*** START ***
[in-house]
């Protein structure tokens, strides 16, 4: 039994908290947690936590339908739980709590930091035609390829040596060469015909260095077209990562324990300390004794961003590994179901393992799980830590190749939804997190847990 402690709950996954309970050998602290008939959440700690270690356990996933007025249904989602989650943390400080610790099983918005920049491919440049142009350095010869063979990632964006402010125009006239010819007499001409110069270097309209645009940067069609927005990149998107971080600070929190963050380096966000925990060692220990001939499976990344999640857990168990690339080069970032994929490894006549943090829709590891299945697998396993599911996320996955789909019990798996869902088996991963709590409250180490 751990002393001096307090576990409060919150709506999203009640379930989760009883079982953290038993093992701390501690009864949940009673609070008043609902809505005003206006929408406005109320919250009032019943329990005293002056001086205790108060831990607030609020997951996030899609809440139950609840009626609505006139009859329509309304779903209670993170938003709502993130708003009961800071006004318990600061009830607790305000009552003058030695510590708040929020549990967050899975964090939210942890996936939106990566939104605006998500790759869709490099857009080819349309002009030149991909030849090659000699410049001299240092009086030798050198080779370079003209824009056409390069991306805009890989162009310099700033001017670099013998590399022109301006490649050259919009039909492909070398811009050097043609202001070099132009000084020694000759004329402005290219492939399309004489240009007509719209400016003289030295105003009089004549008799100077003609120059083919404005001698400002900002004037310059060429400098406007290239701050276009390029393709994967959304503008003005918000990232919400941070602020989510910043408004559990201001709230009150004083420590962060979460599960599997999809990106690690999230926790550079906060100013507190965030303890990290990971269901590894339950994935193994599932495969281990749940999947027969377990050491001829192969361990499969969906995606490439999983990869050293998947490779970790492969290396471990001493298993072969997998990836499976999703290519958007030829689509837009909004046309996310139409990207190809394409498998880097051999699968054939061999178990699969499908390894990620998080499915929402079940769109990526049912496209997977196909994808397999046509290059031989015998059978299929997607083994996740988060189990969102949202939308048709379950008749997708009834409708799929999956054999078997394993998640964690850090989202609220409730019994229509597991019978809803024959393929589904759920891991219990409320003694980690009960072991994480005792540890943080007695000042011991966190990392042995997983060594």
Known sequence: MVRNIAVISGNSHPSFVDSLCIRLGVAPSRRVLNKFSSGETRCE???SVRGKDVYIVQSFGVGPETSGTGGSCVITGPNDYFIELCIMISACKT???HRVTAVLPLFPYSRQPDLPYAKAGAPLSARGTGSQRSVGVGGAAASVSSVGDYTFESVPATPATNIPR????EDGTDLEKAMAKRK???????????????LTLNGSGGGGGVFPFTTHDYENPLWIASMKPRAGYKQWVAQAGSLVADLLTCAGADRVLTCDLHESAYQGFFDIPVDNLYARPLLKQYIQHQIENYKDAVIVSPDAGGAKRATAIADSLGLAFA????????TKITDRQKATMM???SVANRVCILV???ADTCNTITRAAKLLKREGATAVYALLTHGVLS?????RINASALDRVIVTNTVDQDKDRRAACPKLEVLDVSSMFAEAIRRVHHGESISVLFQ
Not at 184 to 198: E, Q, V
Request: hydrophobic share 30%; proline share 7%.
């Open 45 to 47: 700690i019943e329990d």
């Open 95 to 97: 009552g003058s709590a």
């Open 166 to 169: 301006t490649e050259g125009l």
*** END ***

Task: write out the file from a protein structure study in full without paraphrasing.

[in-house]
């Protein structure tokens, strides 16, 4: 039994908290947690936590339908739980709590930091035609390829040596060469015909260095077209990562324990300390004794961003590994179901393992799980830590190749939804997190847990 402690709950996954309970050998602290008939959440700690270690356990996933007025249904989602989650943390400080610790099983918005920049491919440049142009350095010869063979990632964006402010125009006239010819007499001409110069270097309209645009940067069609927005990149998107971080600070929190963050380096966000925990060692220990001939499976990344999640857990168990690339080069970032994929490894006549943090829709590891299945697998396993599911996320996955789909019990798996869902088996991963709590409250180490 751990002393001096307090576990409060919150709506999203009640379930989760009883079982953290038993093992701390501690009864949940009673609070008043609902809505005003206006929408406005109320919250009032019943329990005293002056001086205790108060831990607030609020997951996030899609809440139950609840009626609505006139009859329509309304779903209670993170938003709502993130708003009961800071006004318990600061009830607790305000009552003058030695510590708040929020549990967050899975964090939210942890996936939106990566939104605006998500790759869709490099857009080819349309002009030149991909030849090659000699410049001299240092009086030798050198080779370079003209824009056409390069991306805009890989162009310099700033001017670099013998590399022109301006490649050259919009039909492909070398811009050097043609202001070099132009000084020694000759004329402005290219492939399309004489240009007509719209400016003289030295105003009089004549008799100077003609120059083919404005001698400002900002004037310059060429400098406007290239701050276009390029393709994967959304503008003005918000990232919400941070602020989510910043408004559990201001709230009150004083420590962060979460599960599997999809990106690690999230926790550079906060100013507190965030303890990290990971269901590894339950994935193994599932495969281990749940999947027969377990050491001829192969361990499969969906995606490439999983990869050293998947490779970790492969290396471990001493298993072969997998990836499976999703290519958007030829689509837009909004046309996310139409990207190809394409498998880097051999699968054939061999178990699969499908390894990620998080499915929402079940769109990526049912496209997977196909994808397999046509290059031989015998059978299929997607083994996740988060189990969102949202939308048709379950008749997708009834409708799929999956054999078997394993998640964690850090989202609220409730019994229509597991019978809803024959393929589904759920891991219990409320003694980690009960072991994480005792540890943080007695000042011991966190990392042995997983060594």
Known sequence: MVRNIAVISGNSHPSFVDSLCIRLGVAPSRRVLNKFSSGETRCE???SVRGKDVYIVQSFGVGPETSGTGGSCVITGPNDYFIELCIMISACKT???HRVTAVLPLFPYSRQPDLPYAKAGAPLSARGTGSQRSVGVGGAAASVSSVGDYTFESVPATPATNIPR????EDGTDLEKAMAKRK???????????????LTLNGSGGGGGVFPFTTHDYENPLWIASMKPRAGYKQWVAQAGSLVADLLTCAGADRVLTCDLHESAYQGFFDIPVDNLYARPLLKQYIQHQIENYKDAVIVSPDAGGAKRATAIADSLGLAFA????????TKITDRQKATMM???SVANRVCILV???ADTCNTITRAAKLLKREGATAVYALLTHGVLS?????RINASALDRVIVTNTVDQDKDRRAACPKLEVLDVSSMFAEAIRRVHHGESISVLFQ
Not at 184 to 198: E, Q, V
Request: hydrophobic share 30%; proline share 7%.
């Open 45 to 47: 700690i019943e329990d």
């Open 95 to 97: 009552g003058s709590a």
């Open 166 to 169: 301006t490649e050259g125009l």